I noticed several things from our reading today. Jacob was on his deathbed and proceeded to give each son their blessing. Now when you and I give a blessing we mean we are wishing the person we are blessing well. These Old Testament blessings are a bit different. They tend to be a bit of prophecy. As such they are not always a positive thing for those receiving them. As Jacob blesses each of his children we see that he proceeds from eldest to youngest only through the fourth son. He then jumps to the 10th and 9th sons. All six were sons from Leah. You almost get the sense that these men stood around their father grouped by mother.
Reuben, who was the eldest of all twelve sons, should have had the most favorable blessing, and should have received all of the blessings that come with being the first born son. Unfortunately Reuben had sexual relations with one of his father’s four wives, Bilhah. Bilhah, by the way, was the mother of Dan and Naphtali. We learn in Mosaic Law that having relations with the wife of your father is a sin, but just because Moses was the first to right these things down, doesn’t mean these folks didn’t know right from wrong beforehand. What Reuben did was exceedingly sinful; so much so that he lost his birthright. Even so, Reuben had a redemptive moment in that he tried to save Joseph from his other brothers. He had his good side and his bad. He was still loved by his father, but his behavior came with consequences. His descendants would have an inheritance in the Promised Land but his tribe would not be the leading tribe.
So why didn’t the birthright pass down to Simeon the second born or Levi the third born? These two fellows destroyed an entire village because the son of the village ruler raped their sister Dinah. It would have been one thing if they had exacted justice from the perpetrator of the crime, but they killed a lot of men, women, and children in their anger. They did not receive the birthright.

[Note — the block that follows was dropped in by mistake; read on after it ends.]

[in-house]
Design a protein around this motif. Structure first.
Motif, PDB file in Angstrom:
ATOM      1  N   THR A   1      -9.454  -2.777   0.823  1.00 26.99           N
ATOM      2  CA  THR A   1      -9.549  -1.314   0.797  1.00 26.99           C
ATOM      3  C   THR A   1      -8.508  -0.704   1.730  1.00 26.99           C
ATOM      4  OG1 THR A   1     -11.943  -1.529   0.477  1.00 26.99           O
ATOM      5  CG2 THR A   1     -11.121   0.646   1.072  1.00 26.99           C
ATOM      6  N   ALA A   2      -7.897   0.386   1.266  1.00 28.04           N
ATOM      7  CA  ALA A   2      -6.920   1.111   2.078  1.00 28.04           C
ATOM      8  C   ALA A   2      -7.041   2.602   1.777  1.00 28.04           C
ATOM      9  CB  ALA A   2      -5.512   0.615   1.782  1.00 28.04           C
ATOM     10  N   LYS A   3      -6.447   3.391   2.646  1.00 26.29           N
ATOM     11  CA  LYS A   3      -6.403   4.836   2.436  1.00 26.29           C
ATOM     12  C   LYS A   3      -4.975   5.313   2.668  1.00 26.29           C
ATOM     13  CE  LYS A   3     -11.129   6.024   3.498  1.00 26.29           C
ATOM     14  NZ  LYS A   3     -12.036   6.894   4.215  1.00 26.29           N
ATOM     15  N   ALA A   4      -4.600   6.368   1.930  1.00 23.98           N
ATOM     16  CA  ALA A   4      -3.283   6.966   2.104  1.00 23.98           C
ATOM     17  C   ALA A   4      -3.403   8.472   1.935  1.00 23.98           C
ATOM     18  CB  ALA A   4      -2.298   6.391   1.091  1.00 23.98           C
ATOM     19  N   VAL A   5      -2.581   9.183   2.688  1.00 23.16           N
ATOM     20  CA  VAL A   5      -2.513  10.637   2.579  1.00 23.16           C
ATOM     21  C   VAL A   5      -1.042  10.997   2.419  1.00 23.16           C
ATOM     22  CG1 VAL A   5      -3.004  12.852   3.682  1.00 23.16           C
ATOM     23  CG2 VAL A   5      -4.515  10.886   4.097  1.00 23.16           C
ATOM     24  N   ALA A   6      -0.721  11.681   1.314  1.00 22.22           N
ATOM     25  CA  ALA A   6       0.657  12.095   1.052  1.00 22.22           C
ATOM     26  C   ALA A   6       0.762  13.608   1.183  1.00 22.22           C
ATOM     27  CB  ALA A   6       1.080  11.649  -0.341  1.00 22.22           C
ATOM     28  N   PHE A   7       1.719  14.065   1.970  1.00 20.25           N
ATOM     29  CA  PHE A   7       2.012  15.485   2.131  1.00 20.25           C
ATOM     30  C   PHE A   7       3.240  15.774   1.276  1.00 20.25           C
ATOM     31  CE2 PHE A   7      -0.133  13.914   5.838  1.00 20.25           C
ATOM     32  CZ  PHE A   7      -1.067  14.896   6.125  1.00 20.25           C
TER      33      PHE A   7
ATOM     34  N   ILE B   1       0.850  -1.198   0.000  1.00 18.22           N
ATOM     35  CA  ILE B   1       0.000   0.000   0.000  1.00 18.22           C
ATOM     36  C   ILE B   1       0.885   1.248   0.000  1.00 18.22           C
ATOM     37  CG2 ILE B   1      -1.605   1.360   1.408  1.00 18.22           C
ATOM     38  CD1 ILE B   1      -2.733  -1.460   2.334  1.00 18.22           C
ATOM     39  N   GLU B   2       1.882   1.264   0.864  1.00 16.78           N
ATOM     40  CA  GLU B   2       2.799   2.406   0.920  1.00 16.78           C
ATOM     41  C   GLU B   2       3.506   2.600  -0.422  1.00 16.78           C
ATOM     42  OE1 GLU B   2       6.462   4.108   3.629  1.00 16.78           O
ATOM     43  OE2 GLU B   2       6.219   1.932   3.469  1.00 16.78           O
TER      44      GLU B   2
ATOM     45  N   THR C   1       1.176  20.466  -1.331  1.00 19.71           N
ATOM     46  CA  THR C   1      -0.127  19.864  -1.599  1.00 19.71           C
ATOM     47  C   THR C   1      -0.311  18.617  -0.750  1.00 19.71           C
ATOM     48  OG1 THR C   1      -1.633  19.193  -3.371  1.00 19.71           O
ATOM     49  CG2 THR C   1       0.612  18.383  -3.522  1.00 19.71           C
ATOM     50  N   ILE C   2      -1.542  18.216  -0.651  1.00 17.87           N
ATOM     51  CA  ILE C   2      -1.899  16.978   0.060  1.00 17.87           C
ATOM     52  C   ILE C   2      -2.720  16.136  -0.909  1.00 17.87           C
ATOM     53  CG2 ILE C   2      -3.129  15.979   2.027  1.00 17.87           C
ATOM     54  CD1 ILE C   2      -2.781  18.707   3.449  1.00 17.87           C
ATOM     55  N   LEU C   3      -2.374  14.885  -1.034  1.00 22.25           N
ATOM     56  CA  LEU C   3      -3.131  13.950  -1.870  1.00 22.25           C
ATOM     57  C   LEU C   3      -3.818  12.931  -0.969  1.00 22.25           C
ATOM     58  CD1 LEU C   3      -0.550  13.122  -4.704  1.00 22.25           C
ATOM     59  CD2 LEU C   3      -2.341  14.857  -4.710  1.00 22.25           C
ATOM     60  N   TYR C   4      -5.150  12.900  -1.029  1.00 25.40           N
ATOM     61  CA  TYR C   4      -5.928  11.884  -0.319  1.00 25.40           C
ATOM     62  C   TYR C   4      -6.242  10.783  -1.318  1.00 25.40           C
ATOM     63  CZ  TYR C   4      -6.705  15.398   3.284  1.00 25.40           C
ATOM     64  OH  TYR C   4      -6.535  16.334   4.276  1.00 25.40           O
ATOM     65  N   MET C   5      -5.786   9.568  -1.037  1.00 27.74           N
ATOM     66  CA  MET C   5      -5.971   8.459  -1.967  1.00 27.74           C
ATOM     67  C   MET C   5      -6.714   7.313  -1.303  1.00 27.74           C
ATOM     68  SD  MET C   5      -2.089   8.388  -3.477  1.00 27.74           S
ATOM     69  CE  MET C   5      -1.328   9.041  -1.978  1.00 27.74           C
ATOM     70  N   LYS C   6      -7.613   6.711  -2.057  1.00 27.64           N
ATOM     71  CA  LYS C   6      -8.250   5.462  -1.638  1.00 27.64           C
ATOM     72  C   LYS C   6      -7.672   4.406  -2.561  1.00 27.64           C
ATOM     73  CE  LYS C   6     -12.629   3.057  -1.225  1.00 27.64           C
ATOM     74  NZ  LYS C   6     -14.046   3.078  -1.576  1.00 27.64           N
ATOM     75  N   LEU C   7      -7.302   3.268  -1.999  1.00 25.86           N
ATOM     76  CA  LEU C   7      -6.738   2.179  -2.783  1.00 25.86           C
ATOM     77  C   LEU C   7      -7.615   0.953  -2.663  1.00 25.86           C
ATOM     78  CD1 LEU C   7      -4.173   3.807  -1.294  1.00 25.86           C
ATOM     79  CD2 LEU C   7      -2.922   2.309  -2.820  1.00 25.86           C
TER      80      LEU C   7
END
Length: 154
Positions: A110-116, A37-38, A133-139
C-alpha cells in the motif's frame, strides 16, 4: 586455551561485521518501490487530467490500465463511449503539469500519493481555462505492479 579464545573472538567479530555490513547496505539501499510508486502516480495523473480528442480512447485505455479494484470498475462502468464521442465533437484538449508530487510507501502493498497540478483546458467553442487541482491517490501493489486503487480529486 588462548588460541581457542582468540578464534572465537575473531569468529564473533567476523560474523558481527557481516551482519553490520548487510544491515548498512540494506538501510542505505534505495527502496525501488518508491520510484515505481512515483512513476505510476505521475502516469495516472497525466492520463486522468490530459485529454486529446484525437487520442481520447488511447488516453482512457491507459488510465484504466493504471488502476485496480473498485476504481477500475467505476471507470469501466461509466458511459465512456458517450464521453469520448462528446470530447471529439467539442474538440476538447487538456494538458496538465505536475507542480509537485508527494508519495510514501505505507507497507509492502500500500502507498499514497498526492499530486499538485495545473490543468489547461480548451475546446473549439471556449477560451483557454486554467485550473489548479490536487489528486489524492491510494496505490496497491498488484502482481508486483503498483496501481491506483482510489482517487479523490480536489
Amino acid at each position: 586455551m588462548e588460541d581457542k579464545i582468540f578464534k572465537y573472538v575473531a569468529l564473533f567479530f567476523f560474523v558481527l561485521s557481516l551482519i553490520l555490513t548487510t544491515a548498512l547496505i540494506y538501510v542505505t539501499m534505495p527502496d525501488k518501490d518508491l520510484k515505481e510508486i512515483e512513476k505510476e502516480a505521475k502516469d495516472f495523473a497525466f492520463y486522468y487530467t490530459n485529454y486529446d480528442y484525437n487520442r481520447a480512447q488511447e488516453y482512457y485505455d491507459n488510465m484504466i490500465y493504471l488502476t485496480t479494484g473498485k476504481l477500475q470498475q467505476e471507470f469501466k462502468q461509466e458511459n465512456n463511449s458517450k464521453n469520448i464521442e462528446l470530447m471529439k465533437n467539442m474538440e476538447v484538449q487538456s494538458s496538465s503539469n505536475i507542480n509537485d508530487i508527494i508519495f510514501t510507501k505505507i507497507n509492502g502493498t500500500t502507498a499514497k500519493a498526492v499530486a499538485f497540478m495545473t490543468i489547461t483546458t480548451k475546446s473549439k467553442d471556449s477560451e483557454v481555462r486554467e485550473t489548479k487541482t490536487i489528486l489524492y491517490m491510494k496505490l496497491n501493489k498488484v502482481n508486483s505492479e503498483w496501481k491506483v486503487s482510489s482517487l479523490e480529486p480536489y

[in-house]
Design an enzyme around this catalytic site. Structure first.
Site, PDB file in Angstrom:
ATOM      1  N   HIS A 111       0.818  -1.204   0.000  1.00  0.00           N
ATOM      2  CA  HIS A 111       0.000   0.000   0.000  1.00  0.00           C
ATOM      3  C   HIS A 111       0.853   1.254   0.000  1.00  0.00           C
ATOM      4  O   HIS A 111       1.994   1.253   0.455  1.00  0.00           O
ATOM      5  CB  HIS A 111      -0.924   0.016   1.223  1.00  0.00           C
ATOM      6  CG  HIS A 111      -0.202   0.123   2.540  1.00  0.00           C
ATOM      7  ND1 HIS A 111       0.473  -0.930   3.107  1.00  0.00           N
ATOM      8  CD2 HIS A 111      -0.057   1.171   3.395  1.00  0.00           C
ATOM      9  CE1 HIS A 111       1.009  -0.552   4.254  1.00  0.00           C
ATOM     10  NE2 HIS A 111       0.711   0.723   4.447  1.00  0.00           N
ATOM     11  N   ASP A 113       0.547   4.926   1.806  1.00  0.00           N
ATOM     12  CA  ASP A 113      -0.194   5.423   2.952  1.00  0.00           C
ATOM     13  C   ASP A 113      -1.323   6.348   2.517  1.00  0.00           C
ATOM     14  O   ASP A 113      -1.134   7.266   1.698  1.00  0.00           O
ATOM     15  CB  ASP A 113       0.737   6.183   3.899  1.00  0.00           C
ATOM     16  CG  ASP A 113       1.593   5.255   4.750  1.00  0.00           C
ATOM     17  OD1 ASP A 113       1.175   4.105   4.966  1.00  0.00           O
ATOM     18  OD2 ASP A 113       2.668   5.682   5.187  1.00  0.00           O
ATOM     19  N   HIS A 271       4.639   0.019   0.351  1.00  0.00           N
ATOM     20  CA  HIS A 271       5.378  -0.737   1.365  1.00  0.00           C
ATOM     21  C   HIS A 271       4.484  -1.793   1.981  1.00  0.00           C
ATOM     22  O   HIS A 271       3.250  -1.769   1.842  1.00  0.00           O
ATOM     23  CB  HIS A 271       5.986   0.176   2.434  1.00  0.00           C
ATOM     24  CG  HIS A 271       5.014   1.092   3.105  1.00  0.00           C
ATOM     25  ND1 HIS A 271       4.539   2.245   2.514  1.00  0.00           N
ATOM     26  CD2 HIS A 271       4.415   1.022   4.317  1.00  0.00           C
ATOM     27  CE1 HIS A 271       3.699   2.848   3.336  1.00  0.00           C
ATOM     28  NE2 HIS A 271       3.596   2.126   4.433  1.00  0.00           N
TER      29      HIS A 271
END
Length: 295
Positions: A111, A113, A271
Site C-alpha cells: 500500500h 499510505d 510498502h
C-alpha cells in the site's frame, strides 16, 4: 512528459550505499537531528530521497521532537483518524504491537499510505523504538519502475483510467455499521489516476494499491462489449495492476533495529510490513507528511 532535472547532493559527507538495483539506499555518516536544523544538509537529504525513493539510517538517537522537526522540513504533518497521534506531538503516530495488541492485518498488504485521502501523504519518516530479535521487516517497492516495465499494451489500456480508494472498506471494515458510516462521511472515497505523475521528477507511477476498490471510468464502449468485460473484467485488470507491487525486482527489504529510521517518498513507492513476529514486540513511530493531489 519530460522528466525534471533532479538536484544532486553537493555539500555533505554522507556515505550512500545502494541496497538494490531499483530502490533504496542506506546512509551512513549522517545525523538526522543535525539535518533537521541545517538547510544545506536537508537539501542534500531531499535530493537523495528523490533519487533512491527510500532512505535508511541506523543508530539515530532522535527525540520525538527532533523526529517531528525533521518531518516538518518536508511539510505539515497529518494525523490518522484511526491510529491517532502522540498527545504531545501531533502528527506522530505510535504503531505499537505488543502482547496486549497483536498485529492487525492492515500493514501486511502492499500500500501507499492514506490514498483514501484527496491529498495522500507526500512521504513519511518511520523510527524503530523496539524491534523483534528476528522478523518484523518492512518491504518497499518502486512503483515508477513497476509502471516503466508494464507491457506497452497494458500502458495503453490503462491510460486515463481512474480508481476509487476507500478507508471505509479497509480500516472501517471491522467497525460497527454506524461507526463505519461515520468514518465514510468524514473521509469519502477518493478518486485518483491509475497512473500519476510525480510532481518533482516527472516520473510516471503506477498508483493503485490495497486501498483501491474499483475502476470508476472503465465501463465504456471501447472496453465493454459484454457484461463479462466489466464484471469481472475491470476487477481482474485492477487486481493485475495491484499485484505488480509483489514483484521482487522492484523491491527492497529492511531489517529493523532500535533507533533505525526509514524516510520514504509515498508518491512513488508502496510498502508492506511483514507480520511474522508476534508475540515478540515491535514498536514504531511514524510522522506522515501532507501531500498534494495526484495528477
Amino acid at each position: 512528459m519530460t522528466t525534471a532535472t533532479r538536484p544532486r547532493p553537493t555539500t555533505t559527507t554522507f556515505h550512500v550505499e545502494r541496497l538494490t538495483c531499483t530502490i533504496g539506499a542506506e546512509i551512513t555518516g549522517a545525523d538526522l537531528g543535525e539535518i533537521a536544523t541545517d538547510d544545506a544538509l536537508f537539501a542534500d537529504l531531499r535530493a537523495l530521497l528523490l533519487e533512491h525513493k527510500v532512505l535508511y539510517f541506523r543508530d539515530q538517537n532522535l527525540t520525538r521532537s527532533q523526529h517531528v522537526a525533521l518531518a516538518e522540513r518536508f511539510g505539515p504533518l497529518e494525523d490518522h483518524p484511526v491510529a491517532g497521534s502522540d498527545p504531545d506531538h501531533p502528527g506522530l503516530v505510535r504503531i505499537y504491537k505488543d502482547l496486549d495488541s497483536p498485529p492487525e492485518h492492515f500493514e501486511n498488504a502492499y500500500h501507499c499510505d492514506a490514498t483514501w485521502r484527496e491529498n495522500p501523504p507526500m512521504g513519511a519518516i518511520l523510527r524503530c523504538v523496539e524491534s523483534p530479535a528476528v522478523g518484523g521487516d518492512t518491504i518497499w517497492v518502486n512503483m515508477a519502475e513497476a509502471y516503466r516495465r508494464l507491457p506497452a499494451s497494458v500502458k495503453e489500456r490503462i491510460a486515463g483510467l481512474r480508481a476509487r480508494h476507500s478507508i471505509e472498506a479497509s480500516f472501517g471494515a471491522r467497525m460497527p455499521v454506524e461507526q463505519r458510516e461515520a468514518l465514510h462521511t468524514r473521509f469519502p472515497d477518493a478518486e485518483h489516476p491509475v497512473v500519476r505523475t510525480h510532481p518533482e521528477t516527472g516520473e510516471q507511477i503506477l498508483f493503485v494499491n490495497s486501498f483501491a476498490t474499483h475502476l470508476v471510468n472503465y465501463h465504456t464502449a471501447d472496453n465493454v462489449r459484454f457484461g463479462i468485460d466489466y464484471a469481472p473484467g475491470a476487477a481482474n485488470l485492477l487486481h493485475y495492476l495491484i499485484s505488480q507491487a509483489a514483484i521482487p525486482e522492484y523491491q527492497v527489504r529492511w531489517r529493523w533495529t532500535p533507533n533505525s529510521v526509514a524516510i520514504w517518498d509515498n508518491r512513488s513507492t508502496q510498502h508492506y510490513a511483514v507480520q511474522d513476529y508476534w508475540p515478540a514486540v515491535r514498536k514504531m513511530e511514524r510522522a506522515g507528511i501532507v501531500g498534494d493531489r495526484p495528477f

The “birthright” came with several important aspects. The birthright of the first born son entitled him to a double portion of the father’s estate. For example, if there were three sons the estate would be divided into fourths and the first born would receive 2/4 while the other two sons would receive 1/4 each. The first born would also inherit the mantel of “patriarch” of the family. He would be the judge of the family as it were. The first born would also be the family’s one true priest. All of this was part and parcel of the “royal succession” if you will.
Interestingly, it appears that when Reuben lost his birthright, the privileges of the first born were divided up between two other sons. The longest and nicest blessings Jacob bestowed were upon Judah and Joseph. Jacob took on Joseph’s sons as his own which meant that when the tribes finally took their inheritance in the Promised Land, Manasseh and Ephraim would each get a portion. In essence, Joseph received a double portion of his father’s estate. Now it might appear that Joseph also received the title of patriarch as well and perhaps he did but I don’t think so. Judah was told this:
Genesis 49:10 ESV
“The scepter shall not depart from Judah, nor the ruler’s staff from between his feet, until tribute comes to him; and to him shall be the obedience of the peoples.”